Some of the worst damage was reported in the village of Potsdam. Village Administrator Dave Fenton says several buildings were damaged. The roof on a liquor store collapsed and the roofs of Sergis' restaurant and a hardware store were torn off. Fenton said the Sergi's building and two others, including a nearby apartment, have been temporarily condemned. Fenton said the village will soon begin adding up how much the damage will cost to see if Potsdam will qualify for help from the state.
Lake Placid is scrambling to clean up downed trees and other debris after a thunderstorm that struck five days before the Ironman triathlon. Tuesday evening's storm also damaged Lake Placid's Water Filtration Plant, and homeowners throughout the community were in their yards yesterday and today surveying the damage caused by heavy rains and high winds. Chris Morris has more.
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The village’s drinking water comes from Lake Placid, and the equipment in the filtration plant filters the water, treats it and pumps it to a nearby reservoir.
“The six or eight massive white pine trees that (fell) over, they look to me to be first-growth pine,” village Mayor Craig Randall said. “They’re gorgeous tree trunks. Unfortunately, they don’t look so nice when they’re sitting on top of your building.”
A good deal of debris had been cleared from the facility’s roof by late Wednesday morning. Randall said electronic equipment inside the building wasn’t damaged. The village’s insurance carrier has given it the go-ahead to make emergency repairs, although it’s too soon to say how much those repairs will cost.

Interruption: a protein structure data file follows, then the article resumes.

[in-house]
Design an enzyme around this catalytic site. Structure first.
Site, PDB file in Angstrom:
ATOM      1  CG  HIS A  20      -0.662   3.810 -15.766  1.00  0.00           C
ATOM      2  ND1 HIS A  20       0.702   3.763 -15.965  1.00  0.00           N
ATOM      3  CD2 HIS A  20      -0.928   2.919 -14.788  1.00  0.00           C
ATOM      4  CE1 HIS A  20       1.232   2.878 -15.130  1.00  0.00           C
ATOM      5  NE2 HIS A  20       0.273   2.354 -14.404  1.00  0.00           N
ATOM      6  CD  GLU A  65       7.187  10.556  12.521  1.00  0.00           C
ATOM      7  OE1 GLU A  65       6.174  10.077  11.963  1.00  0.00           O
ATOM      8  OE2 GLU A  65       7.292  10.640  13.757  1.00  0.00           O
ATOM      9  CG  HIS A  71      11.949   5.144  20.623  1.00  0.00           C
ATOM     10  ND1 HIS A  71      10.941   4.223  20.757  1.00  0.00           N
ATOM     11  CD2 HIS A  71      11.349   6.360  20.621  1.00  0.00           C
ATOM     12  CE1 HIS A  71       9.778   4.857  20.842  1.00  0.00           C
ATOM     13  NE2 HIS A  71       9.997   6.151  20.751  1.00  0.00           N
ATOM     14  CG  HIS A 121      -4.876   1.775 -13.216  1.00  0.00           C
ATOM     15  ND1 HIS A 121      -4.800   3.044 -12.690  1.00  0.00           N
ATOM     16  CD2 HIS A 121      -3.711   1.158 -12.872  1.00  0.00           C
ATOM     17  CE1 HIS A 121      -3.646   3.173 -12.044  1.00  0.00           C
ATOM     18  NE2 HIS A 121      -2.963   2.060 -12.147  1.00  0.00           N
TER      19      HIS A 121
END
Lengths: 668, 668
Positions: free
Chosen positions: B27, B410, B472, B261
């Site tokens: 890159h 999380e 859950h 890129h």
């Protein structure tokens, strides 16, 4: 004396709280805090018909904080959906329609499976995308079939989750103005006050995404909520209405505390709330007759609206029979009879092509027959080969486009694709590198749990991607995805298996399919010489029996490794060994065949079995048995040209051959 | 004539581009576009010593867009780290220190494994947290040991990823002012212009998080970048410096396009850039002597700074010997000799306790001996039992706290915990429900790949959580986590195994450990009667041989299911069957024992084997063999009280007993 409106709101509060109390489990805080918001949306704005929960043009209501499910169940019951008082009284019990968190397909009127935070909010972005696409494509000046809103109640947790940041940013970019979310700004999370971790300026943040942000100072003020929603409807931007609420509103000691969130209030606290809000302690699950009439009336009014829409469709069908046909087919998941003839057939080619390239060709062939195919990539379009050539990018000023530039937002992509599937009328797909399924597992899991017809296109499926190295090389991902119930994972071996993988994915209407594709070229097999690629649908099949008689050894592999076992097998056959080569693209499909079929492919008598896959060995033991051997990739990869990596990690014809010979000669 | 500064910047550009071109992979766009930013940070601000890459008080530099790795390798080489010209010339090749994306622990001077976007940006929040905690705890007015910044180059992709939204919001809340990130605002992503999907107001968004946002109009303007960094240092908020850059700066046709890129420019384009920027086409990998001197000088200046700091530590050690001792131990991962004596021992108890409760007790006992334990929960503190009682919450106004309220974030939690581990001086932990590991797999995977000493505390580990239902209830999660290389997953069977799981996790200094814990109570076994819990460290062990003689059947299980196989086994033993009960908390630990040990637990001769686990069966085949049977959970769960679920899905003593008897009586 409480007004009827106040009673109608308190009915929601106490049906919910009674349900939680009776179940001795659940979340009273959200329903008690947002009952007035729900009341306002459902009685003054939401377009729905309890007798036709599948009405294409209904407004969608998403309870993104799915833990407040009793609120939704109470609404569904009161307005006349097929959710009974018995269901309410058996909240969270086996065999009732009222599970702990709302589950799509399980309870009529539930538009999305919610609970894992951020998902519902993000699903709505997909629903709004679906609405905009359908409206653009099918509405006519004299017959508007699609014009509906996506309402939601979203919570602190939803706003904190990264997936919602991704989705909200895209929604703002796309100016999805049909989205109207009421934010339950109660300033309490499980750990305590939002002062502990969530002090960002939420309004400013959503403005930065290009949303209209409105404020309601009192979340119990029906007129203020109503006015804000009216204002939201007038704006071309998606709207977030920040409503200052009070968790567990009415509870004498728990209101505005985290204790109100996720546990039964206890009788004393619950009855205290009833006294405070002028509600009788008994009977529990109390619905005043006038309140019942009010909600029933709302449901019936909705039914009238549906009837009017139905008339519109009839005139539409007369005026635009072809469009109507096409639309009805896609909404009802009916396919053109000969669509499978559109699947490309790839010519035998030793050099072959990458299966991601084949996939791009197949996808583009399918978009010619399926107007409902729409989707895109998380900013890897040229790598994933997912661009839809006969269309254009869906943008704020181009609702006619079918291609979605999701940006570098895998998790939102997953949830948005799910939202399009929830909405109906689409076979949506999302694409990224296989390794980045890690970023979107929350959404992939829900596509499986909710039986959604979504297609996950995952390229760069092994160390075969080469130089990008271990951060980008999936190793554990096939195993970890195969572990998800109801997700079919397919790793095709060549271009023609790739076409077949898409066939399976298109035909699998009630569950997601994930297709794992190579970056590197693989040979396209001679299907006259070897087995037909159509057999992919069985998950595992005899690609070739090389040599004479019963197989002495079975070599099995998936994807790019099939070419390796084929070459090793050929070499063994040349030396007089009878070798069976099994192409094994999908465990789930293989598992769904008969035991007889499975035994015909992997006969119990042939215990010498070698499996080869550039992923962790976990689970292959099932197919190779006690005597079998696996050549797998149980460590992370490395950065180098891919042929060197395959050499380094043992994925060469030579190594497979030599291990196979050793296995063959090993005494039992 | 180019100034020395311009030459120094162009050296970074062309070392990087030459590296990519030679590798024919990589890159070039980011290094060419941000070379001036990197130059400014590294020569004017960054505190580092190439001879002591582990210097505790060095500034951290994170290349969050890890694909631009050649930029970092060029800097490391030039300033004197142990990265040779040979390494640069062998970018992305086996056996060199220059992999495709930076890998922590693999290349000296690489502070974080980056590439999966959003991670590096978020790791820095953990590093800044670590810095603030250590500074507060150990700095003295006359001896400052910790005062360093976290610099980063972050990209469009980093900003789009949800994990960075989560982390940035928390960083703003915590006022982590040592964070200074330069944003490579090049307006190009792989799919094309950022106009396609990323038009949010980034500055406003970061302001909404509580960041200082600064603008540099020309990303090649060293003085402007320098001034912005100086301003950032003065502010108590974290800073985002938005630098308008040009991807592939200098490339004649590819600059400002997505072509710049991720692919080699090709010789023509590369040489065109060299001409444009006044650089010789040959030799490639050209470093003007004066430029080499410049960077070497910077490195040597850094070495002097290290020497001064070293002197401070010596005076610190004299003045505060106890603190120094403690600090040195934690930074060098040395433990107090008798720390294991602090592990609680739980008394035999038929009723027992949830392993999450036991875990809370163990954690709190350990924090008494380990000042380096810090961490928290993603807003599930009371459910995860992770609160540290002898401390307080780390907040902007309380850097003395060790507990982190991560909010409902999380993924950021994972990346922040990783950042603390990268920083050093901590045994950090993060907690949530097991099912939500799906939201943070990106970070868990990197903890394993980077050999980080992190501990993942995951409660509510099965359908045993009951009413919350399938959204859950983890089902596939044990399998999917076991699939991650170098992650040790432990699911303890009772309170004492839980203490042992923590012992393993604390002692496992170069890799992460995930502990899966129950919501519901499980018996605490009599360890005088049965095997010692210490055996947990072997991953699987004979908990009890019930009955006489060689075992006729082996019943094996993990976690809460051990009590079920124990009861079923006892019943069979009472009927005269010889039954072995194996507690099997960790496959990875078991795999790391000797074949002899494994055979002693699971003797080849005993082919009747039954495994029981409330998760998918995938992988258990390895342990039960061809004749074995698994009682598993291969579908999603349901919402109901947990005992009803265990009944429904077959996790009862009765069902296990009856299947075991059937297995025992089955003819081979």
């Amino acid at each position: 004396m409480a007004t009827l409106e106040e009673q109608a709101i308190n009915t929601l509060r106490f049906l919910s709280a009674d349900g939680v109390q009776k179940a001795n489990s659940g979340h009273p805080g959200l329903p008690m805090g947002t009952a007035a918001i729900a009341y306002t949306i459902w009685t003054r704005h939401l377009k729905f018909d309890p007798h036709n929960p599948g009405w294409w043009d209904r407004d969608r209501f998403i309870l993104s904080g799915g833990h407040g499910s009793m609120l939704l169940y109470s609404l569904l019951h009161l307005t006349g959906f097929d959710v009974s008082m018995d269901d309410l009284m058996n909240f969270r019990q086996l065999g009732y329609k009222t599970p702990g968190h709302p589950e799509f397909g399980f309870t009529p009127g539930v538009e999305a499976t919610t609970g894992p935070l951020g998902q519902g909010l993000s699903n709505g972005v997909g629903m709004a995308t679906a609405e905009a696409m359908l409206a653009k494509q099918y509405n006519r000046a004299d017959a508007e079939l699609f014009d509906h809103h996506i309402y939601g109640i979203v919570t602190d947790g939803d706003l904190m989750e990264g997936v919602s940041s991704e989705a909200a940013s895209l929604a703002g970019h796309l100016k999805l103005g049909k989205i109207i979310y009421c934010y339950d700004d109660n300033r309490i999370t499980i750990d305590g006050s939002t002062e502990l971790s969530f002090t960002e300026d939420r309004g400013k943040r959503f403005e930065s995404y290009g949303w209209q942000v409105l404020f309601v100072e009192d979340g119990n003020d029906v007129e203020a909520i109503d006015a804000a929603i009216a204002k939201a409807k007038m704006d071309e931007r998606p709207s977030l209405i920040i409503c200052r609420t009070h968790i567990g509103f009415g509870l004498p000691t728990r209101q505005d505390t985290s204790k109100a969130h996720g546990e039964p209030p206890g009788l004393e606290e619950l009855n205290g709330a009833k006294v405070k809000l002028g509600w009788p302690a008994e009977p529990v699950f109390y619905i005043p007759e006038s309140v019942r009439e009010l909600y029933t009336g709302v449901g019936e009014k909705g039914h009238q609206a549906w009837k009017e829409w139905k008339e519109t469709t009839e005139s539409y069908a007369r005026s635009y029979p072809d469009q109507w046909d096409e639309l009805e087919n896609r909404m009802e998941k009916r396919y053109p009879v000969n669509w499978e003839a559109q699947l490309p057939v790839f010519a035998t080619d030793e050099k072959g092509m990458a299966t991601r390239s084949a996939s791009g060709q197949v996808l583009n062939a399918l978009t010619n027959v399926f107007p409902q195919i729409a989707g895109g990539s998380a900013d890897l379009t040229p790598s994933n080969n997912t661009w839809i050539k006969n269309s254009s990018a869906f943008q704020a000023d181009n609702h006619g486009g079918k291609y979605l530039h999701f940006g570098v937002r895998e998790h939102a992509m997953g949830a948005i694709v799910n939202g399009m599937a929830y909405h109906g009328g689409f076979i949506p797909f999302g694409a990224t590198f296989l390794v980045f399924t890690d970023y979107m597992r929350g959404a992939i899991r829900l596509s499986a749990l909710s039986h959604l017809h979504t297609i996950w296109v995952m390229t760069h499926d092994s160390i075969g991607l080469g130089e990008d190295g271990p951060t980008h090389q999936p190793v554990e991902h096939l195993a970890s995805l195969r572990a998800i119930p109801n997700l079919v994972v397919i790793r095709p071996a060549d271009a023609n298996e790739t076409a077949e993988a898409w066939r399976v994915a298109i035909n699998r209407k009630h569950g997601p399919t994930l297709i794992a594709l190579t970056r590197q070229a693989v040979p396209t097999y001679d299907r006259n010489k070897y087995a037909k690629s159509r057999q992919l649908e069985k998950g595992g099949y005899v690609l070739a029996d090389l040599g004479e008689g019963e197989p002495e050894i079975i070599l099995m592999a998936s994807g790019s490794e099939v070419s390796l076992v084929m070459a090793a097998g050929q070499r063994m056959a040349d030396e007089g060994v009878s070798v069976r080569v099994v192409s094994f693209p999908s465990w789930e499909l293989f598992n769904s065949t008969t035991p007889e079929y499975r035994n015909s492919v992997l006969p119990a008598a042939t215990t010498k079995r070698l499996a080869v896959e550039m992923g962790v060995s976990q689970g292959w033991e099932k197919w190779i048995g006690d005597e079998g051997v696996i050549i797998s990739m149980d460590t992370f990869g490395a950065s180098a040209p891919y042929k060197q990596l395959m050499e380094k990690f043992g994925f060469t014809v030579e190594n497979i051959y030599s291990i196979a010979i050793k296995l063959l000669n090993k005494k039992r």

More than 3,000 competitors plus their family members, friends and support staff are expected for this year’s Ironman triathlon. Randall says visitors and residents shouldn’t be concerned about the village’s drinking water. “Here we are, this is one of the biggest weekends of the summer season for Lake Placid, and I think the thing for our residents and visitors to know is their water source is secure; pump systems are working they way they’re supposed to work,” he said. “The damage was limited to roof damage for the most part.”
Many properties along the shore of Lake Placid sustained heavy damage as powerful winds peeled back swaths of shoreline 30 to 40 yards long in some places. Mark Wilson is president of the Lake Placid Shore Owners Association. He said, “There are numerous trails all along here … there’s a Lakeshore Trail that is substantially blocked by all of the blow-down.”
Margo Fish owns property on the lake’s western shore. She said she was still without power this morning. “About 5 o’clock yesterday when the winds really came, it was like (Tropical Storm) Irene again,” she said. “And terrifying winds. And 15 trees fell. They didn’t destroy the buildings, but very nearly.”
Fish said she’s thankful no one was hurt. Emergency officials said power had been restored to most of Lake Placid by Wednesday afternoon.